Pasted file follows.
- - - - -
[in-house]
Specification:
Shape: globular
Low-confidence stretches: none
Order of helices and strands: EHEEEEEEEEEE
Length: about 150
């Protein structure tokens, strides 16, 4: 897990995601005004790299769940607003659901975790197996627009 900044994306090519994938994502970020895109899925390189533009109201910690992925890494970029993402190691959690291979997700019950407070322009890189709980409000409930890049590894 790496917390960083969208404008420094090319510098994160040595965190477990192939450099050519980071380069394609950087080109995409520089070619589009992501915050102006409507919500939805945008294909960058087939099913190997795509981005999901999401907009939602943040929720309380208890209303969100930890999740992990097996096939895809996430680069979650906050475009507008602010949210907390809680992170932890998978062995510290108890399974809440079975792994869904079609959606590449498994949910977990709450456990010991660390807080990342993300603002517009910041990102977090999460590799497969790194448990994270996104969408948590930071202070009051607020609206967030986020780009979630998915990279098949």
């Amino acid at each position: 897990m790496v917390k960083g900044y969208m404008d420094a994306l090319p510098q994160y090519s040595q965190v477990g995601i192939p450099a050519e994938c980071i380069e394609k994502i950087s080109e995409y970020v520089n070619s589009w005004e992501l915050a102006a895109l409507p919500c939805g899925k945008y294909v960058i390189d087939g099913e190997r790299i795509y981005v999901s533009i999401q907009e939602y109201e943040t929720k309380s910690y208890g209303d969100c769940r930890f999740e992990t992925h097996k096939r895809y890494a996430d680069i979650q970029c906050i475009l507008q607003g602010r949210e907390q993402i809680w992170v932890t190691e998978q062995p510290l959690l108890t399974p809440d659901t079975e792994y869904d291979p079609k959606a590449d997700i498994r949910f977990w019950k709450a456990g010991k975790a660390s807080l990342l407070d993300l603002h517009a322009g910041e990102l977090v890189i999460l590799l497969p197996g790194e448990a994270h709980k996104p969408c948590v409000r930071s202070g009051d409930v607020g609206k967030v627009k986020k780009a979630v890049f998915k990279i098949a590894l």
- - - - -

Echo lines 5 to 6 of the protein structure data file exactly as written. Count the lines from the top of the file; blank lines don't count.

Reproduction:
Order of helices and strands: EHEEEEEEEEEE
Length: about 150